Scammers tend to "know" how things work in real life vs. how everyone "understands" they should work and they exploit that gap in knowledge.
    US Postal Money Orders would seem on the surface to be a great solution:.
    You cash them in at the Post Office, so no Chargeback weeks latter from your own bank account.
    Watermarks on them to prevent forgery that anyone can see for themselves.
    Post Offices are everywhere to cash them.
    Since you are already at the Post Office cashing the check, you can ship the package at the same time.
    The Scammers will say, "Cash that check at the Post Office, and send my package at the same time".
    But the Scammers know something you don't: The Post Office will almost never cash a check for more than $100. Even if you call ahead and ask them to have money on hand to cash a big check, when you get there, the employees will always say they don't have enough funds to cash it.
    So you box up the item, you drive to the Post Office, you pay for parking, you stand in line 25 minutes, you get to the desk expecting to cash the Money Order and the employee says they don't have enough funds on hand. You ask what are you supposed to do, and they tell you to simply deposit it in your own bank account (exactly what you did not want to do).
    Even though there are 30 people in line behind you, a lightbulb turns on in your head and you ask "Hey, can you at least check if it is real?". The employee begrudgingly takes the check back a second time from you and scans the check into the computer. The number comes back as a valid check in the system, so the employee says "Yep, it's real".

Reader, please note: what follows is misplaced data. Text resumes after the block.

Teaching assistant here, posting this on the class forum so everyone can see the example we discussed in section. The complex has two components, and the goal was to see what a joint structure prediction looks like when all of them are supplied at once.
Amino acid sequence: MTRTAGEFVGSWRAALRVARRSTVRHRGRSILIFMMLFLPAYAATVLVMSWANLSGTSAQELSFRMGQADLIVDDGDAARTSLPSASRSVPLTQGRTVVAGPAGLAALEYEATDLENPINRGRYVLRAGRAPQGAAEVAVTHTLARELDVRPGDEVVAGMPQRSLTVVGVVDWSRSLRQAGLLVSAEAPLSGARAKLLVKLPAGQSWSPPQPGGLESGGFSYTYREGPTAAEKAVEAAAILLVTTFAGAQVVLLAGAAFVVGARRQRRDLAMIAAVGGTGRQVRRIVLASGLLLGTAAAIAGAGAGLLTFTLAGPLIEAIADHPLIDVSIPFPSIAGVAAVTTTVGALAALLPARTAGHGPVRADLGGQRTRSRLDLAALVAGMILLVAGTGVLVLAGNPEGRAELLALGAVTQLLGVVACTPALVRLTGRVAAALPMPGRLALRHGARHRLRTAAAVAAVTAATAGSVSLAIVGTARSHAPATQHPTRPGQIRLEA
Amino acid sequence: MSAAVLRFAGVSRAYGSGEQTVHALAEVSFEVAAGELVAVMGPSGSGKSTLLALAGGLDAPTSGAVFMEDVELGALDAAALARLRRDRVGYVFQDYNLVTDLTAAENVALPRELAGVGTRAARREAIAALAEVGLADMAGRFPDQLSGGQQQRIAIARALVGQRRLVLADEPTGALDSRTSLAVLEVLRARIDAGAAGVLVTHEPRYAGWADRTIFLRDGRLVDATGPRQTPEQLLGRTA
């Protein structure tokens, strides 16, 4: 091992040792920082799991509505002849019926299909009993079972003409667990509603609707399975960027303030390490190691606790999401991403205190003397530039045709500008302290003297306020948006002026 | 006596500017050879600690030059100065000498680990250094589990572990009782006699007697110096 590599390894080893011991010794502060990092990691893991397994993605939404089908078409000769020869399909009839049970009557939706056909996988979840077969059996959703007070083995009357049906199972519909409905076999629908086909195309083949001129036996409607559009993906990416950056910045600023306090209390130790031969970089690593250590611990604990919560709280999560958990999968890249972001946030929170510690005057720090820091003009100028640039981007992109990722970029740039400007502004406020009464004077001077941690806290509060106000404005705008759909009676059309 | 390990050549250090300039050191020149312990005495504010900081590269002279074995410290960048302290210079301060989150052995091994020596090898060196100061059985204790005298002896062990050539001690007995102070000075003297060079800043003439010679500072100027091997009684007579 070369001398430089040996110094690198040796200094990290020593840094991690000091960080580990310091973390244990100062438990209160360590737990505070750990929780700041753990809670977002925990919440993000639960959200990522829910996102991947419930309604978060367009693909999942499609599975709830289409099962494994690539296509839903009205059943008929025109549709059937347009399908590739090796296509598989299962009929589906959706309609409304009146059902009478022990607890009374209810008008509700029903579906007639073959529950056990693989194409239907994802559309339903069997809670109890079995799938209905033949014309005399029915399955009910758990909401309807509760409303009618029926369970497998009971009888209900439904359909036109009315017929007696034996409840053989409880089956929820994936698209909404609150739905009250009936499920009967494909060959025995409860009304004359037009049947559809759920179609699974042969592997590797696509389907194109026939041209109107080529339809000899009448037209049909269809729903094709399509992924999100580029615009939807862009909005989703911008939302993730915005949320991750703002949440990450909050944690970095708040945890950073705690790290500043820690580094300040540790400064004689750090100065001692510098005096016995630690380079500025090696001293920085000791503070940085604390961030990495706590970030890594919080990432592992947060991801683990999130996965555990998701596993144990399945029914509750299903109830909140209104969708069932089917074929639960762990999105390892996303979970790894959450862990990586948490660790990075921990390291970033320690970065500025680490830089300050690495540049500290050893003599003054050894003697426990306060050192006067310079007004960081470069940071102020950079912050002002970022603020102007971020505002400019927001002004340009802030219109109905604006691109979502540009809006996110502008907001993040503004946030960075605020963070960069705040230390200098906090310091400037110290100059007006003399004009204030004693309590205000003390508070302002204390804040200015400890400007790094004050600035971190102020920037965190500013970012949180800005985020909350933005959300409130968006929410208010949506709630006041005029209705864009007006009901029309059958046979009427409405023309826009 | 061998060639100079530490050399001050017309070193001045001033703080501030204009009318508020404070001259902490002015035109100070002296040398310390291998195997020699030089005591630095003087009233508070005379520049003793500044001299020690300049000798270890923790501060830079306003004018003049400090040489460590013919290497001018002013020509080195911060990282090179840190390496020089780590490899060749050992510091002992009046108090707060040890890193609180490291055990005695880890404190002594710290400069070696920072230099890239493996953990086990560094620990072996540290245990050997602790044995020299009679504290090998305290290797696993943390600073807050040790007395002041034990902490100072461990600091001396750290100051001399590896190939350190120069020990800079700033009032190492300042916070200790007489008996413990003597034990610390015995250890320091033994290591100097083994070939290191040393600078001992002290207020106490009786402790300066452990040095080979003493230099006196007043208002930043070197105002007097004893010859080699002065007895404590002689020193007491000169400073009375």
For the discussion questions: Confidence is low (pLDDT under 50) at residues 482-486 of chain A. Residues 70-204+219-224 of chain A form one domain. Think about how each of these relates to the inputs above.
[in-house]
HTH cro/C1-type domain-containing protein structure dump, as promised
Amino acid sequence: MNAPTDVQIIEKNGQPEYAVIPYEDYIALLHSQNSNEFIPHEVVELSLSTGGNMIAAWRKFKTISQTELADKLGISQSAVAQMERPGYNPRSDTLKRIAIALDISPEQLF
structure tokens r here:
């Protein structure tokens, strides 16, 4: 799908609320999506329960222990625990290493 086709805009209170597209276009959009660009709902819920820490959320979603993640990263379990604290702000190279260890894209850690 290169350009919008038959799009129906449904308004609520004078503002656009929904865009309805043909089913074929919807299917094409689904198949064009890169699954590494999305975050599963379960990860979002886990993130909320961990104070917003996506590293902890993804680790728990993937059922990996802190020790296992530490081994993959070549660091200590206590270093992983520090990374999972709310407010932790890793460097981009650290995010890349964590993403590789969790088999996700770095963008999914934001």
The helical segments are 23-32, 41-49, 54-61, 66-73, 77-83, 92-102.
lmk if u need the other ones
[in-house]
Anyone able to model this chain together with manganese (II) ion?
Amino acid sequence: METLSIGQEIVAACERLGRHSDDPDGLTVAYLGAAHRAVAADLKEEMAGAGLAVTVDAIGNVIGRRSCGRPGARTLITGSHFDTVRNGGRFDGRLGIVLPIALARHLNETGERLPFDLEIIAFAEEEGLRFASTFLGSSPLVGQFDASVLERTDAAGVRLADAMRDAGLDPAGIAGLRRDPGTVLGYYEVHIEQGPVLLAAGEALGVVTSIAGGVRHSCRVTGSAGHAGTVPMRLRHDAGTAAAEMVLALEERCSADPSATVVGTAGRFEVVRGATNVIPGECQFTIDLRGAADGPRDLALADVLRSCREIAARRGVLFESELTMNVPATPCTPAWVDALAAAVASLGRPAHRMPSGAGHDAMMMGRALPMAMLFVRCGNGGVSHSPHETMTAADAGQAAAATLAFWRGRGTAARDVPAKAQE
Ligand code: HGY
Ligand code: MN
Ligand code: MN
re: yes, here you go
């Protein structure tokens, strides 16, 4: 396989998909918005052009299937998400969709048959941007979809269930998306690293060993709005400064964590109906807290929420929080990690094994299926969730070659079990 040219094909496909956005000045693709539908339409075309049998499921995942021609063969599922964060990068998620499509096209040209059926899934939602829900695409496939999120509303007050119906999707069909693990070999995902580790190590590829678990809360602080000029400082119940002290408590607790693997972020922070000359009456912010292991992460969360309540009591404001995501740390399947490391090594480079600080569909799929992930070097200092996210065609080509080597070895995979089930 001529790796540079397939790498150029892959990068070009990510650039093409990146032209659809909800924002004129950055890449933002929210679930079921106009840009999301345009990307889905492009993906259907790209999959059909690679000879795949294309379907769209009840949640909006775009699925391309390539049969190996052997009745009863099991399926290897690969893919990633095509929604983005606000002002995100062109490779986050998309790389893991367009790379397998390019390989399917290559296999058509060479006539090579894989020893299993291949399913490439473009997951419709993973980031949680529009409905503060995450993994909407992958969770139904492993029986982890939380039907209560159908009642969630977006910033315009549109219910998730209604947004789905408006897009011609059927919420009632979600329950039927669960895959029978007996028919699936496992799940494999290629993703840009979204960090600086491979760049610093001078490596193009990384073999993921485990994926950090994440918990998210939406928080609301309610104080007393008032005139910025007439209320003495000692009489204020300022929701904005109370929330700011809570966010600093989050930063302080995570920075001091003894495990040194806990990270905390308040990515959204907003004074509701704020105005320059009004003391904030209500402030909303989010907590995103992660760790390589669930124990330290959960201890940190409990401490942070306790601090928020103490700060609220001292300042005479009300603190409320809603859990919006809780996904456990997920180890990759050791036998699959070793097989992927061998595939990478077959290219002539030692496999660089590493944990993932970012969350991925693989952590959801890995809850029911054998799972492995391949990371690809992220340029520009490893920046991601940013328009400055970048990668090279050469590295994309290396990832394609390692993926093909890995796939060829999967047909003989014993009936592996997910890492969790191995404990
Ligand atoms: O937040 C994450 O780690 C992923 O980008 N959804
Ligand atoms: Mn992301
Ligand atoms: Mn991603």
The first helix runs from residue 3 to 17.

With this reassurance from the employee, you decide to to ship the package as you have already drove, paid for parking and stood in line.
    The next day, you deposit the check at your bank. 3-4 weeks latter it bounces back. WTF? The check, although it was "real", was purchased as a $1 instrument. The scammers reprinted the amount on it, and passed it onto you, knowing you could not cash it on the spot at the Post Office.
    No Postal Money Order is ever issued for more than $1000 - if you get one for a larger amount, it's fake.
    All PMOs have the amount printed twice - if you have one with a single dollar amount, it's fake.
    Although there are about 30 countries that accept PMOs, they are only issued from the USA. So a US PMO sent from Romania is always fake.
    So if you get a Postal Money Order for more than $100, you are likely going to have to deposit it into your bank account, just like any other check. Give it a month to clear before you ship anything.


    A guy calls and after a bit of conversation, he says he will buy your pinball machine!
    He allows you to share his excitement and hey, that was easy, you say to yourself.
    But just before heading over to your place, he calls and says he wants to pay you with Paypal.
    He **really** needs to pay with Paypal because:
    1. He has a lot of money in his Paypal account, and wants to get rid of it, or....